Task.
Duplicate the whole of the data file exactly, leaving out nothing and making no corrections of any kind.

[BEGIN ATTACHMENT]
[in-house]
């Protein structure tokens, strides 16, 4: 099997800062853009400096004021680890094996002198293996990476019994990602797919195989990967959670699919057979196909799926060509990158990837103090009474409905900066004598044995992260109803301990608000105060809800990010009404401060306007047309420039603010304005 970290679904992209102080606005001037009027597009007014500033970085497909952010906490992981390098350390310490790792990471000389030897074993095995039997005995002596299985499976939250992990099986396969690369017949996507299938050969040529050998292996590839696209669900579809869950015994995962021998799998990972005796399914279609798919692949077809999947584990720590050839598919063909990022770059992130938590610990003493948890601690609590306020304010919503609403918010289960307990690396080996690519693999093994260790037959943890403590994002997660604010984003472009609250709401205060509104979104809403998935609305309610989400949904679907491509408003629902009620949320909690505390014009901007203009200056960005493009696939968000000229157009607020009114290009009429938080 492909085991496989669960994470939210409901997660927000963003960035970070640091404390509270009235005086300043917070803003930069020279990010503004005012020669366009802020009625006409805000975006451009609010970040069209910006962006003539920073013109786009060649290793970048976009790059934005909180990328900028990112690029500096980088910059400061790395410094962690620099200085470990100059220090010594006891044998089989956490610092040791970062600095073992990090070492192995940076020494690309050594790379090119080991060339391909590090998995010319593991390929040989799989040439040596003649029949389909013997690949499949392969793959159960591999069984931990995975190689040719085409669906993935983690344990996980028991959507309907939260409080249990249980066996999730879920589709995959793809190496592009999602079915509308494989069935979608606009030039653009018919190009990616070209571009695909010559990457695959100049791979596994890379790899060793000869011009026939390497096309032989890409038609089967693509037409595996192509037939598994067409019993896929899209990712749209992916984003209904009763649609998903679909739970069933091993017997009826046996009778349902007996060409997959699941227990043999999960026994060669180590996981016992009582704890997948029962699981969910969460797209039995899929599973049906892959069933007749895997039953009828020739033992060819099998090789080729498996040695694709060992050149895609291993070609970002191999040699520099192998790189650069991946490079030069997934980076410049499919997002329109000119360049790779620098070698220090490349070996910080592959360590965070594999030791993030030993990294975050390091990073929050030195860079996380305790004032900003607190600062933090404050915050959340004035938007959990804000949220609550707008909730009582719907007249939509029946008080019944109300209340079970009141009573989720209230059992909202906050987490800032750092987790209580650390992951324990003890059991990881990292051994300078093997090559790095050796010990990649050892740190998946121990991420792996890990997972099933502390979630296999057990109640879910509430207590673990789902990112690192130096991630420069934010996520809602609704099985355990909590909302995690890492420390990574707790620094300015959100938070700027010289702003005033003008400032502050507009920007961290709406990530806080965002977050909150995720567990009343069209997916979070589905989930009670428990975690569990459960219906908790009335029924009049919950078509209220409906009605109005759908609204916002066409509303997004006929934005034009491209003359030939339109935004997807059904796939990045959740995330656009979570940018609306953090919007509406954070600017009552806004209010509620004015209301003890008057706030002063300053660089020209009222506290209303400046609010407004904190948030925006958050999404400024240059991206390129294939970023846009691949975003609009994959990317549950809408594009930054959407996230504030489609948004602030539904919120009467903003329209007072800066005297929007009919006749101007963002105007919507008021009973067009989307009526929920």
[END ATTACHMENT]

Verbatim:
[in-house]
């Protein structure tokens, strides 16, 4: 099997800062853009400096004021680890094996002198293996990476019994990602797919195989990967959670699919057979196909799926060509990158990837103090009474409905900066004598044995992260109803301990608000105060809800990010009404401060306007047309420039603010304005 970290679904992209102080606005001037009027597009007014500033970085497909952010906490992981390098350390310490790792990471000389030897074993095995039997005995002596299985499976939250992990099986396969690369017949996507299938050969040529050998292996590839696209669900579809869950015994995962021998799998990972005796399914279609798919692949077809999947584990720590050839598919063909990022770059992130938590610990003493948890601690609590306020304010919503609403918010289960307990690396080996690519693999093994260790037959943890403590994002997660604010984003472009609250709401205060509104979104809403998935609305309610989400949904679907491509408003629902009620949320909690505390014009901007203009200056960005493009696939968000000229157009607020009114290009009429938080 492909085991496989669960994470939210409901997660927000963003960035970070640091404390509270009235005086300043917070803003930069020279990010503004005012020669366009802020009625006409805000975006451009609010970040069209910006962006003539920073013109786009060649290793970048976009790059934005909180990328900028990112690029500096980088910059400061790395410094962690620099200085470990100059220090010594006891044998089989956490610092040791970062600095073992990090070492192995940076020494690309050594790379090119080991060339391909590090998995010319593991390929040989799989040439040596003649029949389909013997690949499949392969793959159960591999069984931990995975190689040719085409669906993935983690344990996980028991959507309907939260409080249990249980066996999730879920589709995959793809190496592009999602079915509308494989069935979608606009030039653009018919190009990616070209571009695909010559990457695959100049791979596994890379790899060793000869011009026939390497096309032989890409038609089967693509037409595996192509037939598994067409019993896929899209990712749209992916984003209904009763649609998903679909739970069933091993017997009826046996009778349902007996060409997959699941227990043999999960026994060669180590996981016992009582704890997948029962699981969910969460797209039995899929599973049906892959069933007749895997039953009828020739033992060819099998090789080729498996040695694709060992050149895609291993070609970002191999040699520099192998790189650069991946490079030069997934980076410049499919997002329109000119360049790779620098070698220090490349070996910080592959360590965070594999030791993030030993990294975050390091990073929050030195860079996380305790004032900003607190600062933090404050915050959340004035938007959990804000949220609550707008909730009582719907007249939509029946008080019944109300209340079970009141009573989720209230059992909202906050987490800032750092987790209580650390992951324990003890059991990881990292051994300078093997090559790095050796010990990649050892740190998946121990991420792996890990997972099933502390979630296999057990109640879910509430207590673990789902990112690192130096991630420069934010996520809602609704099985355990909590909302995690890492420390990574707790620094300015959100938070700027010289702003005033003008400032502050507009920007961290709406990530806080965002977050909150995720567990009343069209997916979070589905989930009670428990975690569990459960219906908790009335029924009049919950078509209220409906009605109005759908609204916002066409509303997004006929934005034009491209003359030939339109935004997807059904796939990045959740995330656009979570940018609306953090919007509406954070600017009552806004209010509620004015209301003890008057706030002063300053660089020209009222506290209303400046609010407004904190948030925006958050999404400024240059991206390129294939970023846009691949975003609009994959990317549950809408594009930054959407996230504030489609948004602030539904919120009467903003329209007072800066005297929007009919006749101007963002105007919507008021009973067009989307009526929920």